On 24 November 2014, the P5+1 (the UK, US, Germany, France, Russia and China, facilitated by the EU) confirmed that the 'Geneva Agreement' – the limited sanctions relief that was agreed in November 2013 and implemented in January 2014 – will be extended for a further seven months whilst negotiations over Iran's nuclear programme continue.
The Joint Plan of Action (JPoA), suspending certain sanctions in exchange for Iran rolling back aspects of its nuclear programme, was implemented with effect from Monday 20 January 2014 for an initial period of 6 months. The sanctions relief, which was described at the time as "limited, temporary and reversible", is explained in more detail in our earlier e-bulletin and was later extended to 24 November 2014, whilst negotiations continued (see our e-bulletin). At the time the Geneva Agreement was originally entered into, the US made clear in statements to the press that the sanctions relief was not intended to represent a 'new status quo' but, rather, a step in the negotiations, which would either lead to a comprehensive solution or would fall away – to be replaced by even more stringent sanctions measures.
As 24 November approached, there was therefore intense interest in whether the negotiations would lead to further, more tangible, relief, of a type which would permit broader engagement with Iran – or conversely whether there would be a failure of the negotiations which could trigger further sanctions. Ten rounds of negotiations and numerous meetings have taken place during the past months, with a view to reaching a comprehensive solution.
In the event, the sanctions relief has been rolled forward to allow for further negotiations until 30 June 2015. A Joint Statement by EU High Commissioner Catherine Ashton and Iranian Foreign Minister Mohammad Javad Zarif confirms that "some ideas have been developed" but that "more work is required to assess and finalise them as appropriate"; the parties "remain convinced that...there is a credible path through which a comprehensive solution can be reached". The intention is to reach an outline agreement within four months, and if necessary use the remaining time to finalise technical and drafting work.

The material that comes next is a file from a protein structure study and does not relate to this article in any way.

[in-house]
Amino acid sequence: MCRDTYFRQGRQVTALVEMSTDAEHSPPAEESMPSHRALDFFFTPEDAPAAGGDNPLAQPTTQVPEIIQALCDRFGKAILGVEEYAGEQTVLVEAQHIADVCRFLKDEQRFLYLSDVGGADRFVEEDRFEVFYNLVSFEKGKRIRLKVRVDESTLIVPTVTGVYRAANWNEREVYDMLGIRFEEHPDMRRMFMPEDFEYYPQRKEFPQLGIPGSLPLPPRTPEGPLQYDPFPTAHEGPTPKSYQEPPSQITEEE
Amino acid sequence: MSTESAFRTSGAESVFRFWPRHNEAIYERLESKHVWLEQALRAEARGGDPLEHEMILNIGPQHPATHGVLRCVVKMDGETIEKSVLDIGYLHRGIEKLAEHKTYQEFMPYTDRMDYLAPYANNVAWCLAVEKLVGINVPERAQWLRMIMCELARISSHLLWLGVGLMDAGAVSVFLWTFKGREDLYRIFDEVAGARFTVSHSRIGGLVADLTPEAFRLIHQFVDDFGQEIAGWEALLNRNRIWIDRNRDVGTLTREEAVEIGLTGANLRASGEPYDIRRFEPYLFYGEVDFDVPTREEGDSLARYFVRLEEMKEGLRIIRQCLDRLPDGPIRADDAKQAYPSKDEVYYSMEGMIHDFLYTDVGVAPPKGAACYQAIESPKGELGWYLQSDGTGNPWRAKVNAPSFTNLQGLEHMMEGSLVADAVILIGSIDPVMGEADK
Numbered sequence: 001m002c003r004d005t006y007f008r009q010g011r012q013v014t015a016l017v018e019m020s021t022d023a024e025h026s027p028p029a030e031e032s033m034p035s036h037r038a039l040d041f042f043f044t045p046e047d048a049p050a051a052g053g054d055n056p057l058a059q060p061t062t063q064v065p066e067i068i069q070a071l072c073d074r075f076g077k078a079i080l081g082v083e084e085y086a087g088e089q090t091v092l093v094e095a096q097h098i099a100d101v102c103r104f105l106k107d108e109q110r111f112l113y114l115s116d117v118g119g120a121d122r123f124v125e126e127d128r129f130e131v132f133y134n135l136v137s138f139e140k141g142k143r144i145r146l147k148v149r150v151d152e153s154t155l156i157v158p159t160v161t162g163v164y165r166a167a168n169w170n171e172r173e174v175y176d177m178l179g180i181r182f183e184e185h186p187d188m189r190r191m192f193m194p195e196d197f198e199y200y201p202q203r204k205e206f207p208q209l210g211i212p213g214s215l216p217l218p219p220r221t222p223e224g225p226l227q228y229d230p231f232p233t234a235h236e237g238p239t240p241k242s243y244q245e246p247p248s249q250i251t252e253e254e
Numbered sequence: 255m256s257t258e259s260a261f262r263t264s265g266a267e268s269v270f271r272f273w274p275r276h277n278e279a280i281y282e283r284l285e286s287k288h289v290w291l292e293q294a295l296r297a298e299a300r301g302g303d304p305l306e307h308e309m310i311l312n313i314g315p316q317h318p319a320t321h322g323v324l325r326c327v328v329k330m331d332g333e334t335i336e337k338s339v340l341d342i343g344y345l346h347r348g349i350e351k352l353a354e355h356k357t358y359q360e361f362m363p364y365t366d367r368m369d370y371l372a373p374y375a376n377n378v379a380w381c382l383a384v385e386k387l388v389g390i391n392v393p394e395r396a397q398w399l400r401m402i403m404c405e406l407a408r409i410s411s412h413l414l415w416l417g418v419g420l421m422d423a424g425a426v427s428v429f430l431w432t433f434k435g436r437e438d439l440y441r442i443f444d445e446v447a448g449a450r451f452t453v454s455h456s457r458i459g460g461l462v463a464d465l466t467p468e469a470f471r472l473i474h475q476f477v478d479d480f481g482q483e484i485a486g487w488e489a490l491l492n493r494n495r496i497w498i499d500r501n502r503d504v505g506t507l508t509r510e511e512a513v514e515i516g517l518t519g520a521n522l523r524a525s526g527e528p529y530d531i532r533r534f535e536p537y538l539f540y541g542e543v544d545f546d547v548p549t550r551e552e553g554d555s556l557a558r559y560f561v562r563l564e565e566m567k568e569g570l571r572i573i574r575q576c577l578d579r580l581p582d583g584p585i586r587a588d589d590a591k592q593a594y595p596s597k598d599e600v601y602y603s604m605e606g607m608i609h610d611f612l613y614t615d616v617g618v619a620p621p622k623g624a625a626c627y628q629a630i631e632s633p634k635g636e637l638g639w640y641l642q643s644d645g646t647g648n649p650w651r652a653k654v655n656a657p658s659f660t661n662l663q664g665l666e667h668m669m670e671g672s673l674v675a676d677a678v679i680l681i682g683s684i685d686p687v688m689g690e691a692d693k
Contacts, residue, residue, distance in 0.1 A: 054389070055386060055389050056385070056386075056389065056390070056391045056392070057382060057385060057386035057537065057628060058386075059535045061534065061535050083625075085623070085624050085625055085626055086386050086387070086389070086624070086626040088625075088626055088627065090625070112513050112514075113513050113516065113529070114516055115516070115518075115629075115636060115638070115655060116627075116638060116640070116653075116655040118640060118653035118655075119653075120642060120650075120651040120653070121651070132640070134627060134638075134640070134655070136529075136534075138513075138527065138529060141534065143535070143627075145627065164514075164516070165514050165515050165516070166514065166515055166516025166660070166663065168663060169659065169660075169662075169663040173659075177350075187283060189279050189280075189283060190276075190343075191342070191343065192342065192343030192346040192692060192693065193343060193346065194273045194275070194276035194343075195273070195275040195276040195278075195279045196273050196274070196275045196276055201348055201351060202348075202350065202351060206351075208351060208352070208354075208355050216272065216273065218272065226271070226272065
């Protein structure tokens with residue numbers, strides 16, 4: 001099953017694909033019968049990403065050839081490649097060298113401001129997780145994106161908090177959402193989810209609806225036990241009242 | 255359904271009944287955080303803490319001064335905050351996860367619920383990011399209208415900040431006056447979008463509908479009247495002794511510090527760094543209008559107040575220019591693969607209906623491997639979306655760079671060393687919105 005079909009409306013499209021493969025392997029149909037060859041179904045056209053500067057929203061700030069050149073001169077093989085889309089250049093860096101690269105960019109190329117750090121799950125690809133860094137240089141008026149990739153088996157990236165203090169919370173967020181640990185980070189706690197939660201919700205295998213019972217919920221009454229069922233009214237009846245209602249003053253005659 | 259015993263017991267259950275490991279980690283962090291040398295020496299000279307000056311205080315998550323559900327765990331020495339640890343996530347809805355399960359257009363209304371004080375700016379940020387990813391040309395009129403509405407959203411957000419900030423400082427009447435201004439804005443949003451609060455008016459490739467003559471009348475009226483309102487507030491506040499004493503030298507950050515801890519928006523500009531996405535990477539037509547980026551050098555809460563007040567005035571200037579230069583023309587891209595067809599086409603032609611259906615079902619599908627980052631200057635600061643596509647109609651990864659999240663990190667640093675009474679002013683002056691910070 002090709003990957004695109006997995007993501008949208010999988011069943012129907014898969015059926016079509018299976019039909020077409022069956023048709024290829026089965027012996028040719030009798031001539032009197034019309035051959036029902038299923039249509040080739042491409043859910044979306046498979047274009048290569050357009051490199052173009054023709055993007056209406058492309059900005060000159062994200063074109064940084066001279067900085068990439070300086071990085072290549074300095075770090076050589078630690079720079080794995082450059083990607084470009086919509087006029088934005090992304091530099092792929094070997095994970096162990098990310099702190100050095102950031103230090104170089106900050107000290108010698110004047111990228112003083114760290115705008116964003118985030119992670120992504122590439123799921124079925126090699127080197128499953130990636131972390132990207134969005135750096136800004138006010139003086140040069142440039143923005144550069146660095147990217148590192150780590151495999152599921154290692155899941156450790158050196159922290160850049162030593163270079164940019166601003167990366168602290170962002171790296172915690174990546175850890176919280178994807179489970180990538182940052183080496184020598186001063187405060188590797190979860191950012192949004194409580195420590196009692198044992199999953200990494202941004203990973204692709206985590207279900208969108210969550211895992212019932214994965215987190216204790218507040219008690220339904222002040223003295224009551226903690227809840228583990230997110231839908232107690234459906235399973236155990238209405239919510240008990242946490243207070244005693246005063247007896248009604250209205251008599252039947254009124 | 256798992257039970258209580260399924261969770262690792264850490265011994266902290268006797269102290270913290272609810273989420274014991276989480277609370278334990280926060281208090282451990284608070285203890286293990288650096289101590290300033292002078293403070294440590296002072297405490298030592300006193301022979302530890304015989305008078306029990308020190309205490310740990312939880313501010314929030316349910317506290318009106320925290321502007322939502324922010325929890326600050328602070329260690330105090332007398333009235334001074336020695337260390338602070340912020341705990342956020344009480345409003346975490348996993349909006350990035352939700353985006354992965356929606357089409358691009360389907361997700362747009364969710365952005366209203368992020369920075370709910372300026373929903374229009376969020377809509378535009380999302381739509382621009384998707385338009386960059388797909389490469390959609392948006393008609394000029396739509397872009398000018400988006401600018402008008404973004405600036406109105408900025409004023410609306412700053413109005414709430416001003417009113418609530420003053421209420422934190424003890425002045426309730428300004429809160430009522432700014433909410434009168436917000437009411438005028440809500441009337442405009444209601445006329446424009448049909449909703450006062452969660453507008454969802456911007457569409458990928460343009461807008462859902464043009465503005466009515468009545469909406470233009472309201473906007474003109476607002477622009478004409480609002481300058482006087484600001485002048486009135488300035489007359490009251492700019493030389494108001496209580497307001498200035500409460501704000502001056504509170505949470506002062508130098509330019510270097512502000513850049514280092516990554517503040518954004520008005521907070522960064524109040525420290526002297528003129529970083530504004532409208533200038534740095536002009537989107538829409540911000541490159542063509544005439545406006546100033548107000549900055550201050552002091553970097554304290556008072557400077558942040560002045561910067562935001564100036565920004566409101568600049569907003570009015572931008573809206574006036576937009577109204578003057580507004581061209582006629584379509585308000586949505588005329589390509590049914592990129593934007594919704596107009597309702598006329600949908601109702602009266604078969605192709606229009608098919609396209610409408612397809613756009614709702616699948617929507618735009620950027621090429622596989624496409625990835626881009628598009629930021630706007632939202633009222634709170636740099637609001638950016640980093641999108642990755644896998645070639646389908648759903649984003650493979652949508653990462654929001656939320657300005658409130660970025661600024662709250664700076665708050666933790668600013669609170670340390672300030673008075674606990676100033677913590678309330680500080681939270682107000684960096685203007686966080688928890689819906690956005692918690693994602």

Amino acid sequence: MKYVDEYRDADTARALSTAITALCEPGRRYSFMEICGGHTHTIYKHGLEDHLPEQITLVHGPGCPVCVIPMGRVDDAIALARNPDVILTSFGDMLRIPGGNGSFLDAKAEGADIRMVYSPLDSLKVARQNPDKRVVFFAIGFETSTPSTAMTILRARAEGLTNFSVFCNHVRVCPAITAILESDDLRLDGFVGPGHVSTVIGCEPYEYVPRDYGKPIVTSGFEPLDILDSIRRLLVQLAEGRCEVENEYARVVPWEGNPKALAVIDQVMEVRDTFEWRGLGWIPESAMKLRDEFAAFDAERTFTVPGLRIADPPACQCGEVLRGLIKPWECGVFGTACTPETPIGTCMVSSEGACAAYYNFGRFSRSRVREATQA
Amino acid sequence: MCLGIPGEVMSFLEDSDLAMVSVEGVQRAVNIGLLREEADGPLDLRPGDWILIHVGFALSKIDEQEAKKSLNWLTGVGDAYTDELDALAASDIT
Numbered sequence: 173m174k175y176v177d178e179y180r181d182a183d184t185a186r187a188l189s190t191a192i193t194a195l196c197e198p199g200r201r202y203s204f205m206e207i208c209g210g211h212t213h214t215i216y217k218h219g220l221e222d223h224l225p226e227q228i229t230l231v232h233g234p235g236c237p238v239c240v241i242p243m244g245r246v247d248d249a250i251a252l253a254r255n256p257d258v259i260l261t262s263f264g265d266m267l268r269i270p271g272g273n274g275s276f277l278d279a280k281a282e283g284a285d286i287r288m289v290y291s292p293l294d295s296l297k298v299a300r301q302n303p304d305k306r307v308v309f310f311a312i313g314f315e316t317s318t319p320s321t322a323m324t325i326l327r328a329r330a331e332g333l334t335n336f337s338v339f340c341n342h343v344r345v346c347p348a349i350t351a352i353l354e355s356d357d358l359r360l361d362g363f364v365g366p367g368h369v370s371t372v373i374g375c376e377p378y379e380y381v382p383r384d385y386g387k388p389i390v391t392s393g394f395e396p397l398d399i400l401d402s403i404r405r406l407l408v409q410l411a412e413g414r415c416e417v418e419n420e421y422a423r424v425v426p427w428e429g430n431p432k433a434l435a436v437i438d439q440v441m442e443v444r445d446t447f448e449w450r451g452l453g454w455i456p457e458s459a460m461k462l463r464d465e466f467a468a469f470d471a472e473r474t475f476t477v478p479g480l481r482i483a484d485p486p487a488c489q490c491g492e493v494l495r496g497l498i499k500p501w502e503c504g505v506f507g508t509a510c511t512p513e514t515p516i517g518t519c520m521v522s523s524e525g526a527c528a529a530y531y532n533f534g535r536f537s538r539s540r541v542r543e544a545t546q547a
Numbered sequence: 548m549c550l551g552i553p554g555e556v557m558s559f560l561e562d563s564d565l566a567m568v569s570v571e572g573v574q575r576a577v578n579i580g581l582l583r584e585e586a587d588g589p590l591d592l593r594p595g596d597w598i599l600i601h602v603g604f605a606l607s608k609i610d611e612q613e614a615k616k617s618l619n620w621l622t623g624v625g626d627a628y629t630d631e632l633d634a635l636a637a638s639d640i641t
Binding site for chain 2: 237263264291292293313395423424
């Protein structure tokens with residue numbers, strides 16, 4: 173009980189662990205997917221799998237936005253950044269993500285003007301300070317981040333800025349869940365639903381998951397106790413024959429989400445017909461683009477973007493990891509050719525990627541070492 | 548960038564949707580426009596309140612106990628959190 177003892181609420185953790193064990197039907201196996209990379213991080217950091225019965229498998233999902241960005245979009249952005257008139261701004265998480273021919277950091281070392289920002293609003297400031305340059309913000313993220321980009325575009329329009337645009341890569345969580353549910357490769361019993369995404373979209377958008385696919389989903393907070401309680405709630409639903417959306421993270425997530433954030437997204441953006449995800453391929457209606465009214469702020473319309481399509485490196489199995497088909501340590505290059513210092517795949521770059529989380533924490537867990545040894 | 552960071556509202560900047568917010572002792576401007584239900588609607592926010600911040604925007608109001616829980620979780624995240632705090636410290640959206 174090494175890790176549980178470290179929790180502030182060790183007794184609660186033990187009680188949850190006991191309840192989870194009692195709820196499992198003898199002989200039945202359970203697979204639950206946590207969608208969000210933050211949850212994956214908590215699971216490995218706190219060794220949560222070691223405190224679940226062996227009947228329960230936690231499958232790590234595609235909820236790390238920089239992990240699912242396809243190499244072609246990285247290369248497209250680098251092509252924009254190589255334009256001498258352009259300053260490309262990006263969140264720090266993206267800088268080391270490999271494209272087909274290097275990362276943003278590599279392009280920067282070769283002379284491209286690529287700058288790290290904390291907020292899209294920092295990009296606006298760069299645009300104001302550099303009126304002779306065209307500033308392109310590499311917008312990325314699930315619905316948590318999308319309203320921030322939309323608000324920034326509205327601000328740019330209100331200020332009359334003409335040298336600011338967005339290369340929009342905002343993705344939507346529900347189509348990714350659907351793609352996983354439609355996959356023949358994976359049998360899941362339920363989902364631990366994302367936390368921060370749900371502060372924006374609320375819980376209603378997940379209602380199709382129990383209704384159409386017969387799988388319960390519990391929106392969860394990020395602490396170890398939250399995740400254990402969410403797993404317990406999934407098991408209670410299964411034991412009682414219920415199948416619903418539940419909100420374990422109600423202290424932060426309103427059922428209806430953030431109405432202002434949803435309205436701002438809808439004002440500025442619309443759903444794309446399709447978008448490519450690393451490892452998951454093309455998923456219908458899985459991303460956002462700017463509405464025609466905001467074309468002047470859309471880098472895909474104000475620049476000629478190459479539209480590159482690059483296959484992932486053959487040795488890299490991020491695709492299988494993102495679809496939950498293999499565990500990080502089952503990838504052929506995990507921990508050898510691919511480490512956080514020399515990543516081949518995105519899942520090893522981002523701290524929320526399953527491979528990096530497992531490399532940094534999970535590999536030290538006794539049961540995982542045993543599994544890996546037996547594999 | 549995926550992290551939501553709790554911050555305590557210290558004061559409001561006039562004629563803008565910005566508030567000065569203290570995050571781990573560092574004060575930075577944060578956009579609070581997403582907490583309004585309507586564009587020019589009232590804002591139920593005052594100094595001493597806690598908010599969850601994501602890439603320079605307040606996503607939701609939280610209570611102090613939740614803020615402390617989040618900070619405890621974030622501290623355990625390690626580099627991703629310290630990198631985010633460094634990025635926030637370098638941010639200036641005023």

In a statement to the UK Parliament, the Foreign Secretary confirmed that whilst the gap had been closed on a number of important issues, "significant differences remain" and there was need for "further movement on some big issues" by Iran, and a need for "flexibility on both sides".
A statement by the US Secretary of State, John Kerry stressed that "we are certainly not going to sit at the negotiating table forever, absent measureable progress", and that if after four months no agreement had been reached "we can revisit how we then want to choose to proceed". At present, however, it was "not the time to get up and walk away".
Reportedly, President Rouhani of Iran faces domestic pressure to take a tough line in negotiations, whilst from the US perspective some factions wish to see the immediate introduction of additional sanctions. In a questions and answers session following his statement, John Kerry was asked whether President Obama would veto any additional sanctions legislation introduced by Congress whilst the negotiations are continuing, but avoided the question on the basis that "it's way too premature to be starting to talk about veto".
Whilst, therefore, significant progress has been made, there remains material uncertainty as to the future of the negotiations and the ability of the negotiating parties to 'sell' any deal to their respective constituencies. Those who have an interest in reengaging with Iran will need to 'watch this space' for some time to come, with the next critical juncture falling at the end of March 2015, the point at which substantive agreement is intended to have been reached.